Microsoft has announced that its Chromium-based Edge web browser will finally become available for Linux next month. The browser will initially be offered as a development preview, and it's currently unclear when Microsoft intends to make it a mainstream option for Linux users.
What’s New in Web Experiences, Ignite 2020: Need to secure your remote workers? Choose Microsoft Edge as your browser for business

Firefox 81 has been released. The update adds support for controlling media playback using keyboard and headset hardware buttons, a refreshed PDF viewer, and a new colorful theme that comes preinstalled but not activated. For US and Canadian users, the browser can now manage and autofill credit card information, while enterprise users running version 68 of the Extended Support Release will find themselves starting to be automatically upgraded to version 78. Meanwhile, Mozilla has continued cutting costs, with its WebThings project just the latest to be defunded. The good news for users is that WebThings is being spun out as a separate community-supported endeavor, rather than simply being shut down altogether. The newly-independent project has also promised to provide replacement remote gateway access services to its users before Mozilla pulls the plug on its own infrastructure at the end of the year. But the biggest long-term impact of the change may be that the project will find it far harder to make its voice heard in the competitive IoT space, now that it's lost the backing of a household name.
Firefox 81.0 Release Notes
An Important Update on Mozilla WebThings

One of the big winners so far in the consumer IoT space has been Amazon, and the company has finally started to spell out how its Sidewalk project will operate. Originally first announced a year ago, details about the intermediate-range networking system had been thin on the ground until this week, when Amazon published a white paper and began talking about it again, ahead of the company unveiling its new lineup of smart devices. Amazon is hoping that existing customers will be happy to see their Echo and Ring devices be used as bridges within the neighborhood networks that it's looking to set up, and it appears to have put a fair bit of thought into the security and bandwidth implications of its plans. The company is also keen to see more third-party products certified for use with Sidewalk, and has announced that Tile will be launching a compatible Bluetooth tracking device in the near future.
Amazon Sidewalk Privacy and Security Whitepaper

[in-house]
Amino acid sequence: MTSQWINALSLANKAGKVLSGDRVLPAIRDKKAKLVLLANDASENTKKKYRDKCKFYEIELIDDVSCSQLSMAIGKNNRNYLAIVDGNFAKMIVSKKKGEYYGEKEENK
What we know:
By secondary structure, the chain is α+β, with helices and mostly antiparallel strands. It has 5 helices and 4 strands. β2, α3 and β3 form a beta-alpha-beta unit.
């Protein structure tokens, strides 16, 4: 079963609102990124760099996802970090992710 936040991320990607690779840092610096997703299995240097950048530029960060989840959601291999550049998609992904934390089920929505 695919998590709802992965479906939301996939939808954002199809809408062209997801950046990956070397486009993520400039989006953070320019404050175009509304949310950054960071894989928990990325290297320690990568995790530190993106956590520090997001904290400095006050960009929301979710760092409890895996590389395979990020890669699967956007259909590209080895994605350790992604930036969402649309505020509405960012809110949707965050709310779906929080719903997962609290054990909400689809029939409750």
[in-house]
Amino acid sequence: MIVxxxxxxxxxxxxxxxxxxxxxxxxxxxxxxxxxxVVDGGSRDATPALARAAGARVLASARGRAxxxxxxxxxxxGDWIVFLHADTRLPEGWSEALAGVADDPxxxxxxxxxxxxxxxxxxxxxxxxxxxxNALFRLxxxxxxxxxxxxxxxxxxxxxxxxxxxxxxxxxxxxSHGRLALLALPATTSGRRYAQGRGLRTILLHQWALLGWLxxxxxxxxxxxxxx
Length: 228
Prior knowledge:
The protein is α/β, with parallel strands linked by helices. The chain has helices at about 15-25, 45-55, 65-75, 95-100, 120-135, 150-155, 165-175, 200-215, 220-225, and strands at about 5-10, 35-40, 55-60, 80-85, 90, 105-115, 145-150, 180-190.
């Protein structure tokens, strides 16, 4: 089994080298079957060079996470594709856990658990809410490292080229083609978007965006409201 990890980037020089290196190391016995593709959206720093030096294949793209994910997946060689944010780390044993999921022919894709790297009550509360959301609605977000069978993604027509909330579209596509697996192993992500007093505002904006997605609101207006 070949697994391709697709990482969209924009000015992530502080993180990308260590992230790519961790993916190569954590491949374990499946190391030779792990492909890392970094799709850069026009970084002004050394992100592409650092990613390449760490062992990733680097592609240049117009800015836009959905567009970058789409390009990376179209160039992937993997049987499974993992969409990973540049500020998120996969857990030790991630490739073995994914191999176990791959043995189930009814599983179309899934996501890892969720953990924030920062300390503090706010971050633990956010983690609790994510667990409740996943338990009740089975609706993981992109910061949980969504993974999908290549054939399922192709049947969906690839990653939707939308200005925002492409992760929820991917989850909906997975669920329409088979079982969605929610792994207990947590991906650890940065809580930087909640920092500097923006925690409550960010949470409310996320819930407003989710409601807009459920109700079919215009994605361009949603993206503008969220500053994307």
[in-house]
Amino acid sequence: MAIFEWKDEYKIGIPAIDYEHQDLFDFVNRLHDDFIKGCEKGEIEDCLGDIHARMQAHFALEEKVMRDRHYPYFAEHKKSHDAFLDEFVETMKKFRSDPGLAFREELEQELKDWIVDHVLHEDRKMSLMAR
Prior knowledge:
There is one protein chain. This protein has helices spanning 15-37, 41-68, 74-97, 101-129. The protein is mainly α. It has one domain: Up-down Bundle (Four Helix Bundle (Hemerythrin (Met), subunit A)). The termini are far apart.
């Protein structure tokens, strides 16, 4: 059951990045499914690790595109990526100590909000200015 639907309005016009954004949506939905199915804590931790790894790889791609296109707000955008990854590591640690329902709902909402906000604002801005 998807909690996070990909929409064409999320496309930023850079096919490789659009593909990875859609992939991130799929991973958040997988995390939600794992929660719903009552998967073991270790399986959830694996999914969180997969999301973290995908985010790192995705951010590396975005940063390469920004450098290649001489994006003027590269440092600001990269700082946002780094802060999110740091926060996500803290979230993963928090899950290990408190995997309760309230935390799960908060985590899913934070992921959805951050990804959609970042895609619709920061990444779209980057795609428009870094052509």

Amazon Sidewalk: a new way to stay connected

A decision by another of the tech giants has upset a lot of developers in the last few days. Google has announced that it intends to stop providing payment processing and license management functionality for developers who make money through its Chrome Web Store. And to rub salt into the wound, Google isn't going to allow developers to export a bulk list of their existing customers, but will be forcing them to jump through additional hoops in order to maintain contact with them.
Chrome Web Store payments deprecation
Hacker News: Chrome Web Store payments deprecation

On a far more positive note, the Cloud Native Computing Foundation is again taking part in the CommunityBridge Mentorship program, and is looking for developers that projects can mentor through the last quarter of the year. The Foundation has collated a list of twenty-two small projects in the cloud technology space that need to be tackled, and the opportunity to work on any of them could provide valuable experience for developers wanting to expand their skill-sets, while helping out the broader open source ecosystem.
Calling all Mentees: CNCF CommunityBridge Projects for the Fall 2020 Program

And finally, it's been announced that Slashdot Media has taken over Linux Journal. While previous attempts to resurrect the magazine have foundered, this time could well be different — both because of the financial muscle behind the deal, and also as current plans only extend to free online content, sidestepping the problems of legacy print media. The new owners have put out a call for contributors, and hope to start publishing again as soon as they can. So welcome back, Linux Journal!
Linux Journal is Back